Real-time Automation of Customer Segmentation: The entire customer behavior right from the time of installation to uninstallation is captured and this helps organizations to further segment their customers and target them with the right campaigns.
Apart from commonly used segmentation variables like the devices used by the user or the products the user has bought or shown interest in, Ashish shares a very recent segmentation model called – The RFM segmentation.
RFM stands for Recency(the recent activity of customer), Frequency(number of purchases) and Monetary value(aggregate value of purchases made) – It divides the customer base into multiple actionable segments. Brands can track their power users or previous users or users who are showing signs of attrition. The RFM model can help trigger actionable campaigns from a customer engagement point of view.
To ensure that campaigns have a significant impact on the business metrics, Ashish suggests getting the segmentation essentials right in the following ways:
- Micro-segmentation: With a widely diverse customer base, carpet bombing segmentation has lost relevance and brands today prefer a more granular form of customer segmentation.
- Real-time Segmentation: The need to catch customers at all critical touchpoints, like cart abandonment in real-time is vital. The capture of real-time data provides the opportunity to create automated campaigns that go out, to the respective customer, in a few minutes with a relevant message.
- Automated Segmentation: Automatic creation and execution of campaigns based on use case scenarios.
For more on behavioral segmentation you can take a look at our article on event-based targeting.
Real-time Automated Campaigns: In a mobile-first market, Ashish suggests push notifications as one of the best practices of customer engagement.
What are the things to keep in mind while framing a Push Notification Campaign?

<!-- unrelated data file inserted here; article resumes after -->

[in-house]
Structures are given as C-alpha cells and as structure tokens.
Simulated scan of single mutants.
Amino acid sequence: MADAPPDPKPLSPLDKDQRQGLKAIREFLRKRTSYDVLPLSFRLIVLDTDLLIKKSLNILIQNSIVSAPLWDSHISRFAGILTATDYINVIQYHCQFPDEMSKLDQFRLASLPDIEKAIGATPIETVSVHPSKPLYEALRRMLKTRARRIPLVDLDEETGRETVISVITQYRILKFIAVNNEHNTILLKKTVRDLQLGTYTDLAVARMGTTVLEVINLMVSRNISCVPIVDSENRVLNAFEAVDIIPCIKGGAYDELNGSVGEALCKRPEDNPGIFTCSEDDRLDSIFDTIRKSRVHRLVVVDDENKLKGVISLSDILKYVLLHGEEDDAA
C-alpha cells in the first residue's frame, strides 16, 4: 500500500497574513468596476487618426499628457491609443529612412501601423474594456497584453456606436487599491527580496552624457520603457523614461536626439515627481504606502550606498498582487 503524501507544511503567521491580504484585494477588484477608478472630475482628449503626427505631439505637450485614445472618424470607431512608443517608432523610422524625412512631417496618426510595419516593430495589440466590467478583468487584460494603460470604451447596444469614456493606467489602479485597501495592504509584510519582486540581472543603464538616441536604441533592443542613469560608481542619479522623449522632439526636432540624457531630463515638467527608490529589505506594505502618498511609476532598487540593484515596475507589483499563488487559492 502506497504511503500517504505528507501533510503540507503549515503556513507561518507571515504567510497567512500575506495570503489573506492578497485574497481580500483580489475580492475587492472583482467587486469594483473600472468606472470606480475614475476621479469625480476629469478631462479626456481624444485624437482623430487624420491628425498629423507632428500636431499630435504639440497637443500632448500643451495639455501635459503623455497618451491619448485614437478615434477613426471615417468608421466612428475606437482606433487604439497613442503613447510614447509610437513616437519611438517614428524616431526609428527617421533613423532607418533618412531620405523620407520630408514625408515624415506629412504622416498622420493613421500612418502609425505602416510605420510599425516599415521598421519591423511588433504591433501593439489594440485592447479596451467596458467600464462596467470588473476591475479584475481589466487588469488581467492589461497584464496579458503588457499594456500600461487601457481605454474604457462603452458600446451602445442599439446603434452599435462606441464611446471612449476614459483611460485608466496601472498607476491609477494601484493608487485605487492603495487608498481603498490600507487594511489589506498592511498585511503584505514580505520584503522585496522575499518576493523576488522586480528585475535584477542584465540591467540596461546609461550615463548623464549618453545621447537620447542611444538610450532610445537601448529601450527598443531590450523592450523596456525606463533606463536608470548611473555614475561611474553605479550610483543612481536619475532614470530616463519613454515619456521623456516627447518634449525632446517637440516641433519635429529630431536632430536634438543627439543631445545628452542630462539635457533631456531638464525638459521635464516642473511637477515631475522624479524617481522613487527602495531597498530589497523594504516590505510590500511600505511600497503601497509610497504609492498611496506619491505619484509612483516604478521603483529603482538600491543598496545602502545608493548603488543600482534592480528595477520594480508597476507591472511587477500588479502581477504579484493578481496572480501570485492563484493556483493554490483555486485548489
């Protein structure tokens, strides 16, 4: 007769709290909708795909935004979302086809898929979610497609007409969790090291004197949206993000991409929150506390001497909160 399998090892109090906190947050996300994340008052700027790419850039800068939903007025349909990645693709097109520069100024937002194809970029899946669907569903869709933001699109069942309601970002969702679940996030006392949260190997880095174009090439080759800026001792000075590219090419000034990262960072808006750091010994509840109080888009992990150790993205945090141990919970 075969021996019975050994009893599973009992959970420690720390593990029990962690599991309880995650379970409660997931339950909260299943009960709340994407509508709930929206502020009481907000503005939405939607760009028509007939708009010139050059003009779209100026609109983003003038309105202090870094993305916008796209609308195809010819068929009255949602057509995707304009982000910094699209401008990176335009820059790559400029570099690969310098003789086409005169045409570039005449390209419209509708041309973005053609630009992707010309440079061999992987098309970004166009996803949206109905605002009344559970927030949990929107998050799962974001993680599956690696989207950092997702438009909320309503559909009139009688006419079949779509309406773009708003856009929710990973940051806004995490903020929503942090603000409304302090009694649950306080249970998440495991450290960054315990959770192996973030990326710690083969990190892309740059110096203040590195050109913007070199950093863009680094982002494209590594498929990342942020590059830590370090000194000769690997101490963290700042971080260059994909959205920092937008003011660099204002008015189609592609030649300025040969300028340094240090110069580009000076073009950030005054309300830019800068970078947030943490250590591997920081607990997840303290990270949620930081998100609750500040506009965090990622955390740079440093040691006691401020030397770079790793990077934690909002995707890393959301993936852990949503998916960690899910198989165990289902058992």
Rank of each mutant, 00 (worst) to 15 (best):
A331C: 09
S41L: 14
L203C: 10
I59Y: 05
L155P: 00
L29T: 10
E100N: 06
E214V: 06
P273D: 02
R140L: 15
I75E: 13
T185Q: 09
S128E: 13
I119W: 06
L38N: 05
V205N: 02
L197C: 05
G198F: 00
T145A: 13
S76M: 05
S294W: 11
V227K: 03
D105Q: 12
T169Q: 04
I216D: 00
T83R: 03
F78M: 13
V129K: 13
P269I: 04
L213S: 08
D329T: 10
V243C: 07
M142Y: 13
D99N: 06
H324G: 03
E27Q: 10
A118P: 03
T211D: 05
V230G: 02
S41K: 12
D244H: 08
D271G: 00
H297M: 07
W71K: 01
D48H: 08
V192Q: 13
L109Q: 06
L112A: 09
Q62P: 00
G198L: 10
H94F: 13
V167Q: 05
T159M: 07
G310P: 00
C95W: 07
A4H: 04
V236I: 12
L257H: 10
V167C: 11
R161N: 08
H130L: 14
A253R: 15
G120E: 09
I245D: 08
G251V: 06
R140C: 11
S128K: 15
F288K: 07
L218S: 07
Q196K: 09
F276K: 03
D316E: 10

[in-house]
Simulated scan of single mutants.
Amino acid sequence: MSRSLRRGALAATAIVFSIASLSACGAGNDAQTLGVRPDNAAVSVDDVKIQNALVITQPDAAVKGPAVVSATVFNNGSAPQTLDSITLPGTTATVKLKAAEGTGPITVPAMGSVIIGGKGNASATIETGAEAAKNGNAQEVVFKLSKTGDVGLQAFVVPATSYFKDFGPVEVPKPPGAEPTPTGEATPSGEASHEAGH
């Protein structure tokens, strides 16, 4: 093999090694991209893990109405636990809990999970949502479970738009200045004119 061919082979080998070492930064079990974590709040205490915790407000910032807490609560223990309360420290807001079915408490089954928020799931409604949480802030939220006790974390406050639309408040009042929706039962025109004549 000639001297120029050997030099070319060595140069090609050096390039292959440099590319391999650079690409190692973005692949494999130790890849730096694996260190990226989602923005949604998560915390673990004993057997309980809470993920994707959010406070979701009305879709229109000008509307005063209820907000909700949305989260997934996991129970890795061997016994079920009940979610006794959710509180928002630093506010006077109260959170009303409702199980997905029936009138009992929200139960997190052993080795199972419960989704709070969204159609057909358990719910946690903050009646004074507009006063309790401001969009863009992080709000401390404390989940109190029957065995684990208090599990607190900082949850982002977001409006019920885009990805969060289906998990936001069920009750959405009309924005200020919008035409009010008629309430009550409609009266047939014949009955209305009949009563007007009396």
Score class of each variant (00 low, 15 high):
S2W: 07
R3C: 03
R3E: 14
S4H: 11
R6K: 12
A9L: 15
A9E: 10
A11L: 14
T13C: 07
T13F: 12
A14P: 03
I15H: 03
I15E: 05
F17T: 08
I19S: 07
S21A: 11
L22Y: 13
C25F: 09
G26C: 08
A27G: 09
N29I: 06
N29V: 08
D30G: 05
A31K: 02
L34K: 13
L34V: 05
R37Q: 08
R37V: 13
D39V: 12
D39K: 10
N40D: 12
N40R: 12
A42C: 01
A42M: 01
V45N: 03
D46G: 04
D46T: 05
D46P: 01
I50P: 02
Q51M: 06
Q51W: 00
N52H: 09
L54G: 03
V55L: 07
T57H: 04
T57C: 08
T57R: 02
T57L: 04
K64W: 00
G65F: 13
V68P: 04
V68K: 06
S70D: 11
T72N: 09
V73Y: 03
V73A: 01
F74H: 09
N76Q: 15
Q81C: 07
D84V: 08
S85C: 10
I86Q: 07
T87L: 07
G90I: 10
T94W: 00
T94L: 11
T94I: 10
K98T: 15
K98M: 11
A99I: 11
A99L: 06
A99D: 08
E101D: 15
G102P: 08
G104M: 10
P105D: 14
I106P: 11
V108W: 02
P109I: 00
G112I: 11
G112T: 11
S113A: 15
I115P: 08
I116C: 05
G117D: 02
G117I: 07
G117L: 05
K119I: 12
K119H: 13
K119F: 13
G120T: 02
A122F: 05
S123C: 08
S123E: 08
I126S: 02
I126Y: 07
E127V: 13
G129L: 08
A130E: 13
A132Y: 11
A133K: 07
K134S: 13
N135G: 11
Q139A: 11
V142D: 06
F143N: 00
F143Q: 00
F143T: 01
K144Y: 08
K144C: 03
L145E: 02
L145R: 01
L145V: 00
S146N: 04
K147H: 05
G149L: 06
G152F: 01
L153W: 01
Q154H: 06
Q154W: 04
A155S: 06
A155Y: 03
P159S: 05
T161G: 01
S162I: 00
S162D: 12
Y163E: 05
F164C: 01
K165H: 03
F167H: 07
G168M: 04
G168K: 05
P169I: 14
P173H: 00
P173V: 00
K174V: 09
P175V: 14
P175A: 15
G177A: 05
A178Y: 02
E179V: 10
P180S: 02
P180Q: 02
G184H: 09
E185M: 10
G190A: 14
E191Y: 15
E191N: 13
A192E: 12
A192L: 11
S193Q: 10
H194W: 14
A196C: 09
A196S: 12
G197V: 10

User behavior takes center stage: The customer already has limited mindshare and is the target for many apps and notifications. In order to get the desired response, messages need to be relevant to the customer and so, being in sync with user behavior at every step in the customer journey helps to a great extent.
Timeliness: The push-notification is based on the here-and-now action of the customer and so getting the time right is critical. Ashish cites examples of food or content apps that choose the later part of Fridays for notifications about things to do on the weekend.
Continuous optimization through A/B testing: Brands optimize their push notification campaigns for best results based on a testing calendar for testing messages, CTAs and rich media message v/s plain text message.
Set Measurable Goals: Organisations set goals based on the business metrics they want to move.for eg, Higher retention might be the goal for an e-commerce app, higher conversions is what a subscription app might focus on. The key is to tie the goal down to a specific business metric that matters and then track the same.
Identify High-Value Actions (HVA) Linked To Business Goals: Brands identify which specific customer behavior will help achieve their goal. For eg: an E-commerce app that is trying to address the 30-day retention challenge finds data that suggests that customers who complete 2 purchases in the first 30-days are more likely to remain active post 30 days. These 2 purchases are the high-value actions the app needs the customer to complete.
Design campaigns that nudge customers towards the HVA: What can a brand do to get customers to complete the HVA? A welcome message, an offer or a discount coupon to get are some of the things brands try to get the customer to make a purchase or complete the respective HVA.
Brands should lay greater emphasis on the data points that will help personalize the user experience to a great extent and the significance of varying onboarding flows according to the acquisition funnel used, and vice-versa – this he says will increase brand awareness among first-time customers.